The difference between open ended and close ended funds
There are really two distinctions in structure between index funds open to an investor which are important being:
- Open Ended Funds – includes exchange traded funds (generally listed) and managed funds (not listed)
- Close Ended Funds – mainly listed investment companies (but also some unlisted managed funds)
Closed Ended Funds
Close ended funds are like a pool of people that have gotten together and contributed some money to an investment pool and employed an investment manager. And one of the conditions of the deal was that none of the original investors could leave, unless they could find someone else to sell their whole investment to.
In other words the original investors cannot withdraw money directly from the fund, hence why they are called ‘close ended’. But in order that the original investors can leave without selling their investment they can still sell their shares on the stock exchange if the fund is listed. Closed ended funds were the first on the scene – in the 1890’s investment property trusts were introduced to US investors (and you though REITS were a new idea!). A more common example are listed investment companies there are many listed on the ASX including AFIC and several others.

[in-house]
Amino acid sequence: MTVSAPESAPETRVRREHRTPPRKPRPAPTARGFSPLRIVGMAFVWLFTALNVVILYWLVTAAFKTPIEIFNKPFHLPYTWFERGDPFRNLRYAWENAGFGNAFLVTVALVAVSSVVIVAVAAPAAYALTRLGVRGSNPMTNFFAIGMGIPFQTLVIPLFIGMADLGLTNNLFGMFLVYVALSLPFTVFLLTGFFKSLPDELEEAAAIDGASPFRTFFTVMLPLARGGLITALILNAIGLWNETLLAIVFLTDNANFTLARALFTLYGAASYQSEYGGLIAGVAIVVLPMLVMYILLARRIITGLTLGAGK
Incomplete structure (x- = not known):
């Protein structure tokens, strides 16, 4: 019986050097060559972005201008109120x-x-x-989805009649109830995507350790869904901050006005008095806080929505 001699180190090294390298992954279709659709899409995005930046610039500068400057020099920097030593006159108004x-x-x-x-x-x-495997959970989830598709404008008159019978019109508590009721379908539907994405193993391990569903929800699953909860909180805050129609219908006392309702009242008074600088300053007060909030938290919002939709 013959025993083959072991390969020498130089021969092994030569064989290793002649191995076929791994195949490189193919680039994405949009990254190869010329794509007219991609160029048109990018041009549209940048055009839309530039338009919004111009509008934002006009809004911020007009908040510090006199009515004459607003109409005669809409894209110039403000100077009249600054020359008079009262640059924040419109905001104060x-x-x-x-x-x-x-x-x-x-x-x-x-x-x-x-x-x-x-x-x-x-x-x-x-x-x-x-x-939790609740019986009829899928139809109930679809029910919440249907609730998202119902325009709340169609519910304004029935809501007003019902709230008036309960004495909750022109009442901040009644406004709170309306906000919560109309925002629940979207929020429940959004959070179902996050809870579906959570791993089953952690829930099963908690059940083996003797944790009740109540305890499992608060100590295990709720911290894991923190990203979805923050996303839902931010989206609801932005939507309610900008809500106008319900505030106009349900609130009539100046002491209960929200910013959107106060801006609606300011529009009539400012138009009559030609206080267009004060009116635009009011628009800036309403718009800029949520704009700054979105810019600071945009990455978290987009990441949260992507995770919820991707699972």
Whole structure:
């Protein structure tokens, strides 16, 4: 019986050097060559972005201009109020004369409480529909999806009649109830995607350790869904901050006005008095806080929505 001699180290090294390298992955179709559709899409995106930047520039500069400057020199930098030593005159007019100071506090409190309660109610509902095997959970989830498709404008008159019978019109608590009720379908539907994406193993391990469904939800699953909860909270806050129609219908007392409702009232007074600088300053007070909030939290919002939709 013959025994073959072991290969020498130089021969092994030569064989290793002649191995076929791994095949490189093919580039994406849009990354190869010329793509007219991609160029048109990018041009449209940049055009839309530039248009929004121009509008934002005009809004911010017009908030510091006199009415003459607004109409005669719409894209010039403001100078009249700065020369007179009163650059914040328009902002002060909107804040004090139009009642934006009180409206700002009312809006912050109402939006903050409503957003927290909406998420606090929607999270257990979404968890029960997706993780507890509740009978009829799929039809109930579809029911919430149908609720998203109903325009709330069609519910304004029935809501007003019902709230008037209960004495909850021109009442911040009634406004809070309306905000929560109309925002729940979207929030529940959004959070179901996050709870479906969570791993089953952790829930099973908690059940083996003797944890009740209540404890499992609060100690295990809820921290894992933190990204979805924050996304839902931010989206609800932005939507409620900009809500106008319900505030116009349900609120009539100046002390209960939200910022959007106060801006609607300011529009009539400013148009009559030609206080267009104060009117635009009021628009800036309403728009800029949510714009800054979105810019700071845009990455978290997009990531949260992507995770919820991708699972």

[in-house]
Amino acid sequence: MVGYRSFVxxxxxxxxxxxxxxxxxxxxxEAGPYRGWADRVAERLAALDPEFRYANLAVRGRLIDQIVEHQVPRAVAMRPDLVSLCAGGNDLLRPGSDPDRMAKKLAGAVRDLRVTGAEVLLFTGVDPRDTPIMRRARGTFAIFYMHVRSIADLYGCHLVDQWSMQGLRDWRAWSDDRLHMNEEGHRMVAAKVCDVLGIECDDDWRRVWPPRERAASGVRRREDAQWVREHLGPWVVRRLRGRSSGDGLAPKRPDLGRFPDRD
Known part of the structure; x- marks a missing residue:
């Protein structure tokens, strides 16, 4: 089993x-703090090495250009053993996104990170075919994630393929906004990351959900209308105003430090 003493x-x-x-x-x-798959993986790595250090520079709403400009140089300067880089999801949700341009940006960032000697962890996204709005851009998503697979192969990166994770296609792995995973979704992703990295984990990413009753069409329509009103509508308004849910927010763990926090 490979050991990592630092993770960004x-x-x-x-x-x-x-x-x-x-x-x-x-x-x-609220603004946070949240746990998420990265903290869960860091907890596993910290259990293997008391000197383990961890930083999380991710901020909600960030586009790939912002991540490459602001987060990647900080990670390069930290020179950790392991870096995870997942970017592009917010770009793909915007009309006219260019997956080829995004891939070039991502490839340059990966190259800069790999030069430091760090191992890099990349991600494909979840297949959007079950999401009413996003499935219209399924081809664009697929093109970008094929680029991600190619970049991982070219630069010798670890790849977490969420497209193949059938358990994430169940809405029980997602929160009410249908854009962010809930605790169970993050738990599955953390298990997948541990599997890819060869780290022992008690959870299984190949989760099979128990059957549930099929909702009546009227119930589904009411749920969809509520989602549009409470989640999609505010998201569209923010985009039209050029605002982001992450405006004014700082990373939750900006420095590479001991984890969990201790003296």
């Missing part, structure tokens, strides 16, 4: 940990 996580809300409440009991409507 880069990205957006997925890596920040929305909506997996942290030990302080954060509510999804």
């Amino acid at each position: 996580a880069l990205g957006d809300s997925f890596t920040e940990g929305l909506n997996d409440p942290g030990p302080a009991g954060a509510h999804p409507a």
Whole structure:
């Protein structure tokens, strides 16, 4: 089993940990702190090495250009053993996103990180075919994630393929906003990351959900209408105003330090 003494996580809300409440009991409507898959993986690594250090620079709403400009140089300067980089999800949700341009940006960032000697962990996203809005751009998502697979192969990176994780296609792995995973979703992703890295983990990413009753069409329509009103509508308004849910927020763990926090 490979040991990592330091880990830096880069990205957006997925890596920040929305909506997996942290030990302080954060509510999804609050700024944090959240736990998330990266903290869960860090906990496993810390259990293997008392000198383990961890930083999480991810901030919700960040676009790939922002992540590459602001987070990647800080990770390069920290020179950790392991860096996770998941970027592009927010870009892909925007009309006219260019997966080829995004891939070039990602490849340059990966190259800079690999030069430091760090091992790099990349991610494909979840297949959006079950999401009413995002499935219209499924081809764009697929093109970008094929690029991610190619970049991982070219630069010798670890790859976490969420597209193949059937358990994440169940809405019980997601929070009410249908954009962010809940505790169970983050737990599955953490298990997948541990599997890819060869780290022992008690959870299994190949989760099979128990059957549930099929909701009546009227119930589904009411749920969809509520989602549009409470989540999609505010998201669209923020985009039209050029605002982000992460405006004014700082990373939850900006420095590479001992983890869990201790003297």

Essentially LIC close ended funds raise cash from investors and buy a bunch of investments, meanwhile their shares are traded on the stock exchange. Investors buy and sell the shares freely on the stock exchange and the investment company does not need to find cash to pay investors in/out. The shares however often trade a discount to net asset value (that is the shares can be bought for significantly less than the value of the funds net assets). This is a major disadvantange with a close ended fund structure, the market price is determined by supply and demand for the shares not the underlying companies investments/assets.
Open Ended Funds
An open ended fund is the opposite to a close ended, the fund manager sells investments in order to let investors leave and accepts money from new investors on a regular basis. The Masssachusetts Investors Trust was the first open ended mutual or managed fund and was created in 1924. Open ended funds represented an important step forward as they issued new units to admit new investors and allowed investors to withdraw their money at the funds full net asset value – each day after the market is closed and the value of the investments could be calculated.
In the 1990’s open ended mutual funds were taken a step further and ETF’s were created. An ETF combines the benefits of both a close ended fund (it can be traded on the stock exchange) with the benefits of an open ended mutual fund (the investor is assured of receiving or paying the net asset value of the underlying investments).